Appeal from the Iowa District Court for Woodbury County, Duane E. Hoffmeyer, Judge.
The opinion of the court was delivered by: Doyle, J.
Joseph Dailey seeks post-conviction relief from his conviction for homicide by vehicle. AFFIRMED.
Heard by Eisenhauer, C.J., and Doyle and Bower, JJ.
Joseph Dailey seeks postconviciton relief (PCR) from his conviction for homicide by vehicle. He contends his trial counsel was ineffective in preparing and arguing Dailey's defense theory. Upon our de novo review, we affirm.
I. Scope and Standards of Review.
We normally review post-conviction proceedings for errors of law. Everett v. State, 789 N.W.2d 151, 155 (Iowa 2010). But when there is an alleged denial of constitutional rights, such as effective assistance of counsel, we review the claim de novo. Id. To prevail on an ineffective-assistance-of-counsel claim, a defendant must prove by a preponderance of the evidence that (1) counsel failed to perform an essential duty and (2) prejudice resulted. Id. at 158. A reviewing court need not engage in both prongs of the analysis if one is lacking. Id. at 159.
II. Background Facts and Proceedings.
In 2008, a jury found Dailey guilty of homicide by vehicle, in violation of Iowa Code section 707.6A(1) (2007). Dailey appealed thereafter, and we summarized the facts in our decision as follows:
At approximately 11:00 p.m. on August 11th, 2007, Dailey was driving Danny Peterson home from a Sioux City bar. Just a few blocks from the bar, Dailey crashed into another vehicle and Peterson was killed in the accident. Dailey's blood alcohol content . . . was .212.
. . . On March 18, 2008, a jury trial began. The State presented evidence that at the time of the accident, the night was clear and dry, the intersection was regulated with a marked turning lane and working stoplights, and the brakes on Dailey's vehicle were in proper working order. [The other car's driver] testified that she was stopped at an intersection in the left-hand turn lane. Just prior to the crash, she had no indication of an approaching vehicle, except for a quick flash of light in her left or driver's side mirror. Before she had time to react, Dailey smashed into the rear driver's side of her vehicle. As a result of the impact, both vehicles spun around.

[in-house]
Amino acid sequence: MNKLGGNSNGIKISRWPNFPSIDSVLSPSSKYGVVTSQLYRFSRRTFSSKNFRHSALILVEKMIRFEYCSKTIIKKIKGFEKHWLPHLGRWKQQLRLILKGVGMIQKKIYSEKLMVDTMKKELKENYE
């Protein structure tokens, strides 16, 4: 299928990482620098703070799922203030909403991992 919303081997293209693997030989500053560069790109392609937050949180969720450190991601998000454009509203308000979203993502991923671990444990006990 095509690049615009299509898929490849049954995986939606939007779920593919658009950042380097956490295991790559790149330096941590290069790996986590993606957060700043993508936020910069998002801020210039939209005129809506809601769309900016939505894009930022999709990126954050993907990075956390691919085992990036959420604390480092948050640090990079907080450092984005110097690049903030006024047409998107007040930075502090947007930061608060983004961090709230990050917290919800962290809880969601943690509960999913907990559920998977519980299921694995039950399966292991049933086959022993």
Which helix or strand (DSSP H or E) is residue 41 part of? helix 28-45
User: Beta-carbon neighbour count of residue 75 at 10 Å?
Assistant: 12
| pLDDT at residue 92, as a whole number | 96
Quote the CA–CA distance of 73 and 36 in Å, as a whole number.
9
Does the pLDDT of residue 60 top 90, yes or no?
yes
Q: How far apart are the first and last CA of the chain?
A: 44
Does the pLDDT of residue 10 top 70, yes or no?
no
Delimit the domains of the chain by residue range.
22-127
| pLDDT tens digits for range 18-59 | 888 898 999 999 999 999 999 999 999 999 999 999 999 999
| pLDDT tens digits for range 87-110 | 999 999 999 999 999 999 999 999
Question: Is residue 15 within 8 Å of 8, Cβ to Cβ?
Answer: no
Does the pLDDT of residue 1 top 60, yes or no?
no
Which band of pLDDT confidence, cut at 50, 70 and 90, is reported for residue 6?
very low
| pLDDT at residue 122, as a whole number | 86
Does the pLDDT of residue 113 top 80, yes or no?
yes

One of the first officers on the scene testified that Dailey was in the driver's seat of his vehicle. He was initially unconscious and breathing, but eventually regained consciousness. However, Peterson was unconscious and not breathing. Peterson's legs were in the passenger compartment but his upper body was laying on the seat, towards the driver. Because the passenger side of the vehicle was mangled around Peterson, emergency workers needed to use the "jaws of life" to get him out of the vehicle. The majority of damage to [the other driver's] vehicle was on the rear driver's side and the majority of damage to Dailey's vehicle was on the front passenger side.
Both Dailey and Peterson were taken to a hospital, where Peterson was pronounced dead. Dailey suffered a gash to his head, requiring the need for twenty staples. Another officer described Dailey as agitated and not cooperative with hospital staff or officers. Dailey also resisted being put in handcuffs and threatened to kick an officer. It took four officers to escort Dailey from the building.
Dailey testified that he did not believe he was drunk when he left the bar and that he was not impaired to any extent to drive. He claimed that just prior to the accident, Peterson grabbed the steering wheel and made "some remark about '[l]et's go this way' and kind of laughed." Dailey attempted to correct the path of the vehicle, which he claimed explained his vehicle "swooping . . . to the left." Dailey could not remember whether he applied his brakes. However, Dailey did not tell officers of this version of events nor did he tell his own accident reconstruction expert until the night before the trial.
State v. Dailey, No. 08--0909, 2009 WL 1492698, *1 (Iowa Ct. App. May 29, 2009). We affirmed his conviction on appeal, rejecting Dailey's claims of error as to the sufficiency of the evidence and his two ineffective-assistance-of-counsel claims concerning the jury instructions in the case. Id. at *1-*4. In concluding that there was sufficient ...